Crawling a Little Closer on the iPhone SDK

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My id for logging in to Apple’s developer web site is different than the id I normally log in to my MacBook with. I was wondering if this was the reason that I could not download the items I subscribed to in the Help program in XCode.

So, I created a user on my MacBook with the same user name and signed in as that and fired up XCode. Next, I brought up the Help, subscribed to the items  that I wanted, and, bingo! Those items loaded!

When I tried to compile to the actual iPhone device (as opposed to the simulator), I still get an error… though it is a different error  now.

Rats! I went to try it again and I get yet another error: “No Device is Connected” This is in spite of the fact that I can bring up iTunes and it shows that it is connected!

Oh, and in the Organizer, it shows my iPhone. Go figure! It is all too clear that I am still missing some of the pieces of the puzzle.

4 comments

  • Did you actually get accepted into the developer program? You can’t run your apps on your iPhone unless you are accepted and have gotten your code signing digital certificate.

  • @Pete, let’s say I signed up for it not that I’ve been approved. It almost seemed to me based on documentation, that I should be able to run the app on my iPhone (at least in debug mode), but would not be able to distribute it until I got accepted. In my mind, this has not been made crystal clear.

  • “My id for logging in to Apple’s developer web site is different than the id I normally log in to my MacBook with.”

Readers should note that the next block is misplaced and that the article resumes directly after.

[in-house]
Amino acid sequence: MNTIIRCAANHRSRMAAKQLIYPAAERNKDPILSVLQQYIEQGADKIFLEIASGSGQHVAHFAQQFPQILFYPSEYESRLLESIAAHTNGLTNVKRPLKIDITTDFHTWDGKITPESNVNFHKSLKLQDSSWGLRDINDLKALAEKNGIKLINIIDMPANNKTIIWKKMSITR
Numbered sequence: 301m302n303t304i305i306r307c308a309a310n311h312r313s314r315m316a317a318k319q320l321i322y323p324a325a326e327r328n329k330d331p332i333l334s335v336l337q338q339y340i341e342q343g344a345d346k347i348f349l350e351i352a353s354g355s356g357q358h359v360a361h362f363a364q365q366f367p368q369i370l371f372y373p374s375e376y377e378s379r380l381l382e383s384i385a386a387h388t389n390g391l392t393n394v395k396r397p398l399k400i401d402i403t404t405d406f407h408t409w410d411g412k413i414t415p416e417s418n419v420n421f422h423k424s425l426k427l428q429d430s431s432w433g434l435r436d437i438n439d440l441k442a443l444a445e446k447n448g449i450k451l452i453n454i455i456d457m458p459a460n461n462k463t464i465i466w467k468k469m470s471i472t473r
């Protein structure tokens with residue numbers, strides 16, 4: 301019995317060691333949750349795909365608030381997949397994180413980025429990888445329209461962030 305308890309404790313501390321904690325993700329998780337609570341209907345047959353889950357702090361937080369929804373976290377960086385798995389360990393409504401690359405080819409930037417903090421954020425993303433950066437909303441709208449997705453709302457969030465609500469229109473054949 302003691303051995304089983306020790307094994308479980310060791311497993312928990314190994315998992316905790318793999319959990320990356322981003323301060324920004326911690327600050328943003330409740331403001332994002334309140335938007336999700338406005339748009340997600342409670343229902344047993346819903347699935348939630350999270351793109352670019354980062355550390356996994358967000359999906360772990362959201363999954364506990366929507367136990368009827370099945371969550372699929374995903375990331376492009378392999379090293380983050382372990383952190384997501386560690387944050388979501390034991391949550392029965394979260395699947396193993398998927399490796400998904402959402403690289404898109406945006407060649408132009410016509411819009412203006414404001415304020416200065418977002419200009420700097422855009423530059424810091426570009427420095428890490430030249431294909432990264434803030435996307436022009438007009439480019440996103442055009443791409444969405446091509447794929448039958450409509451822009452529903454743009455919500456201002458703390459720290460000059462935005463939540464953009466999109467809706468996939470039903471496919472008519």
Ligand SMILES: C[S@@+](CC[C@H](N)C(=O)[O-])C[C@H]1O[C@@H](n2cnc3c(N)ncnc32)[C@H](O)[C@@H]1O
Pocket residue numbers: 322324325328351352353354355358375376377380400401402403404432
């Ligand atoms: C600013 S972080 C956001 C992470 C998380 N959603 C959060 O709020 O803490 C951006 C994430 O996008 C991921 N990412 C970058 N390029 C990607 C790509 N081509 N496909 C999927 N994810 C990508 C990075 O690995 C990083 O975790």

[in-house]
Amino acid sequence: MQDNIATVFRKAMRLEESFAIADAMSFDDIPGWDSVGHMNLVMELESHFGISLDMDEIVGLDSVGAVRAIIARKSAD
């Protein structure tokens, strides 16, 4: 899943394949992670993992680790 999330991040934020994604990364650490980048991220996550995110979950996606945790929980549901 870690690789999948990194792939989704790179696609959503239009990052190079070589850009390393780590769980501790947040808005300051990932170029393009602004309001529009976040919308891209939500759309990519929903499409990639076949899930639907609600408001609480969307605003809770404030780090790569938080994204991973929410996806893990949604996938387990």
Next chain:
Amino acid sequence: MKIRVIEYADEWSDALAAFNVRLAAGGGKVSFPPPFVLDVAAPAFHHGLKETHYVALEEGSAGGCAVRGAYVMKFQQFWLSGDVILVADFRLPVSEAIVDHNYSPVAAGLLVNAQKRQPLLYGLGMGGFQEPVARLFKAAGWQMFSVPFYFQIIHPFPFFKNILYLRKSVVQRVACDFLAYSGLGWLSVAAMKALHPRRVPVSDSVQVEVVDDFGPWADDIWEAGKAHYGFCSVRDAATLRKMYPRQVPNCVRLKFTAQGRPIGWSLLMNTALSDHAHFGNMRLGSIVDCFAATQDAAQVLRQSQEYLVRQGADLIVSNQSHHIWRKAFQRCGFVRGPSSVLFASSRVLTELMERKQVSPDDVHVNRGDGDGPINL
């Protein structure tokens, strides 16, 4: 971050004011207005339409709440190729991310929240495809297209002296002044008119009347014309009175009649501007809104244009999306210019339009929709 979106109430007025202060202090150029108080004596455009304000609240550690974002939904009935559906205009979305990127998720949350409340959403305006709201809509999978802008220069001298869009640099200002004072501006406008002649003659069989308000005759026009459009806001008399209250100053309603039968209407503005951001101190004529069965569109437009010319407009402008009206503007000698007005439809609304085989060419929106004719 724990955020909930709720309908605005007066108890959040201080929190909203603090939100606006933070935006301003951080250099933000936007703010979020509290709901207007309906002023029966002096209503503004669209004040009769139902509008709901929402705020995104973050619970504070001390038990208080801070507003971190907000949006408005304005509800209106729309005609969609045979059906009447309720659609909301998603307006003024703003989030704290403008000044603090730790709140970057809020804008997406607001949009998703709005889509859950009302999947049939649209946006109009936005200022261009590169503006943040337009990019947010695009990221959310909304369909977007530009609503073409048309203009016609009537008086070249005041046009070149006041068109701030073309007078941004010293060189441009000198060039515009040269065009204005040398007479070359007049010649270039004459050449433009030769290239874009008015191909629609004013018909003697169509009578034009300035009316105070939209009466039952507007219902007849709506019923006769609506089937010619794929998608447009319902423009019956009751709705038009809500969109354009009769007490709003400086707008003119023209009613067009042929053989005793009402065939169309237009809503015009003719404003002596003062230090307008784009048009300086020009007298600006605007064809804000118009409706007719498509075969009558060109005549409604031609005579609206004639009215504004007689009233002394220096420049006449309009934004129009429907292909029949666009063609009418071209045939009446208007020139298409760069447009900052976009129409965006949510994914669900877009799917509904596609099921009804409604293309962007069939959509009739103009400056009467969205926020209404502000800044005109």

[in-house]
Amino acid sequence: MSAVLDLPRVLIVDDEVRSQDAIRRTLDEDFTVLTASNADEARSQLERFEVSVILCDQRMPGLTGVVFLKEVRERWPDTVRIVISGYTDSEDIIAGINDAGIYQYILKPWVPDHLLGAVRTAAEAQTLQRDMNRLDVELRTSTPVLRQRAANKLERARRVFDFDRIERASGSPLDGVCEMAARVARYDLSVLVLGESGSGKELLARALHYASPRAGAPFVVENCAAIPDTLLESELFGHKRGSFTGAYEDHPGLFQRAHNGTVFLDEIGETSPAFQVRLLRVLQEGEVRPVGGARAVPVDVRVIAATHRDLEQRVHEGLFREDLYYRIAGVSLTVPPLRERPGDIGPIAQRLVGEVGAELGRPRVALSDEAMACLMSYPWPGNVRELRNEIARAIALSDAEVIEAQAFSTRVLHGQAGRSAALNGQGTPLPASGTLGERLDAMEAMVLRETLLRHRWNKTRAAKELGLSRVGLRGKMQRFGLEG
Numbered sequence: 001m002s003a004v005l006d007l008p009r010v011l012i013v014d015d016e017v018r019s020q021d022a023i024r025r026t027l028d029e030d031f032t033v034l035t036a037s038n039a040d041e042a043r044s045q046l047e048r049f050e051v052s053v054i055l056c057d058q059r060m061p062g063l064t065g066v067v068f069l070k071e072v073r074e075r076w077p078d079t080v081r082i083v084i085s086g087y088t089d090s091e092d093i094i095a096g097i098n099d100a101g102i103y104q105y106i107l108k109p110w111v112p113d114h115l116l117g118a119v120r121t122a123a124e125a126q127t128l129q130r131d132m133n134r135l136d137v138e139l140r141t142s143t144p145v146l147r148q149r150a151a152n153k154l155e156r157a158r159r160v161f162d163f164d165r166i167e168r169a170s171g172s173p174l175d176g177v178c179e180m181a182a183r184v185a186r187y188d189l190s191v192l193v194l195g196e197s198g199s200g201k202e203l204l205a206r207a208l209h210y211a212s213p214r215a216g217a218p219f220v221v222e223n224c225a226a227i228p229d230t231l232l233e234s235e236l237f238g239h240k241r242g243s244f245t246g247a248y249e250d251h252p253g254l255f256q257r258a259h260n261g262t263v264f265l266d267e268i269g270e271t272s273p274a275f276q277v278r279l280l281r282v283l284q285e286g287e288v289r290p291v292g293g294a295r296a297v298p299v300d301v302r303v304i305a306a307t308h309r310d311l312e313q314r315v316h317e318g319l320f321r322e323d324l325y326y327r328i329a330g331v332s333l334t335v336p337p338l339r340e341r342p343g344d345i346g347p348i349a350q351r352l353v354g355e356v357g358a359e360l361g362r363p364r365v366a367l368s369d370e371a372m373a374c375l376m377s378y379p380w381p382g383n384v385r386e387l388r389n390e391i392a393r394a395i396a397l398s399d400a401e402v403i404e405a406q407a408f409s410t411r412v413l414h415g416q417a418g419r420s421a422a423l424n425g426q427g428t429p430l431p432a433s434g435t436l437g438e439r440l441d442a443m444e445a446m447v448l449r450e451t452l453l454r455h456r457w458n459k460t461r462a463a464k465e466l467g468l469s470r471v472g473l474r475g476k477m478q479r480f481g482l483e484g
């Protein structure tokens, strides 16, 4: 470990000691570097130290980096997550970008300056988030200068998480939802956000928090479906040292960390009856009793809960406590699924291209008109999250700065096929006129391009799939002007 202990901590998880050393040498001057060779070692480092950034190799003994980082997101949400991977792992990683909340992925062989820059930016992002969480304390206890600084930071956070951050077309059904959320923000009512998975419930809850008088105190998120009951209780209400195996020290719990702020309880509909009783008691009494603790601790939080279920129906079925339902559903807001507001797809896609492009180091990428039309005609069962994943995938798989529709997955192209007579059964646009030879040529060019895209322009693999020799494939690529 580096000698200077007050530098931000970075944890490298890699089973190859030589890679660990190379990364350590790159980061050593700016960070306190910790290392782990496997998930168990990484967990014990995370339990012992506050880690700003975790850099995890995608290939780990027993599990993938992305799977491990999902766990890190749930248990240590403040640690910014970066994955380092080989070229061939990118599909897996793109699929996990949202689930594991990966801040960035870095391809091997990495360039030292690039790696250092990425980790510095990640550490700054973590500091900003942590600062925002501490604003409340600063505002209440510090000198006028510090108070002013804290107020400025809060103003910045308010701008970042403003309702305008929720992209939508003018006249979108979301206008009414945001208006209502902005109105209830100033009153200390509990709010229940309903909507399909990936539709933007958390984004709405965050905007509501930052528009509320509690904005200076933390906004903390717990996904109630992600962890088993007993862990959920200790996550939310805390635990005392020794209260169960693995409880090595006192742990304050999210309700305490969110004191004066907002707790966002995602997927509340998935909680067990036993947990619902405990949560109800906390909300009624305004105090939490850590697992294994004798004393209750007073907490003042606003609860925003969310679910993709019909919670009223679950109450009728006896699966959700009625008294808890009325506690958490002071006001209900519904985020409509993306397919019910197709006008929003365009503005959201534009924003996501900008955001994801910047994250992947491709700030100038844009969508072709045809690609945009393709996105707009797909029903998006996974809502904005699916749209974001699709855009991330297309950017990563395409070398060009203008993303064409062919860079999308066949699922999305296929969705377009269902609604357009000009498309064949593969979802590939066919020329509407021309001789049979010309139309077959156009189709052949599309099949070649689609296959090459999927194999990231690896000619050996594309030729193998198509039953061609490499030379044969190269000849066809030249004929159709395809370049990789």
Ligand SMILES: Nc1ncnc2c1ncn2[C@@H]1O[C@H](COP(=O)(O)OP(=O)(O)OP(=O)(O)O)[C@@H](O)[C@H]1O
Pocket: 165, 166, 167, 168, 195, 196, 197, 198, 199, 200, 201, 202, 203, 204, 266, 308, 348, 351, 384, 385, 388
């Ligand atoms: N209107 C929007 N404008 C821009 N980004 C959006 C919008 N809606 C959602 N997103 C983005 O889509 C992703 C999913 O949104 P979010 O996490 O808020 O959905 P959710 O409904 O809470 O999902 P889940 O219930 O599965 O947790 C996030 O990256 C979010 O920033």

Correct. Your developer ID should be the same as the Apple ID you use to purchase from iTunes, etc. Usually an email account name. It has no relationship to the account name or password on your MacBook.

    “When I tried to compile to the actual iPhone device (as opposed to the simulator), I still get an error…”

    That’s because you don’t have a certificate. Without that (and the iPhone 1.2/Aspen firmware), you can “connect” to a device but can’t do much with it. You’ll need to wait until you are accepted into the developer program for that. In the meantime, try programming to the simulator. You can test most things there (with some noteable exceptions like 3D graphics which requires device hardware support).

  • I found the same thing on the Apple support site.

    Apple has some great products, and real momentum, particularly with the iPhone. The only people who are likely to defeat Apple… are Apple people.

    There are points where Apple has the urge to exert control. This is one; there are others on iTunes, etc. However, a mania for controlling user experience has characterized Steve Jobs since the development of the Mac platform.

    What stops me from hacking my iPhone and moving code my code onto it? Thousands of apps have been developed for iPhone.

    All this does is piss people off.

    What does Steve say – “The internet in your pocket” “My music in the palm of my hand”

    Where do I want to see my app? In the palm of my hand. Morons.

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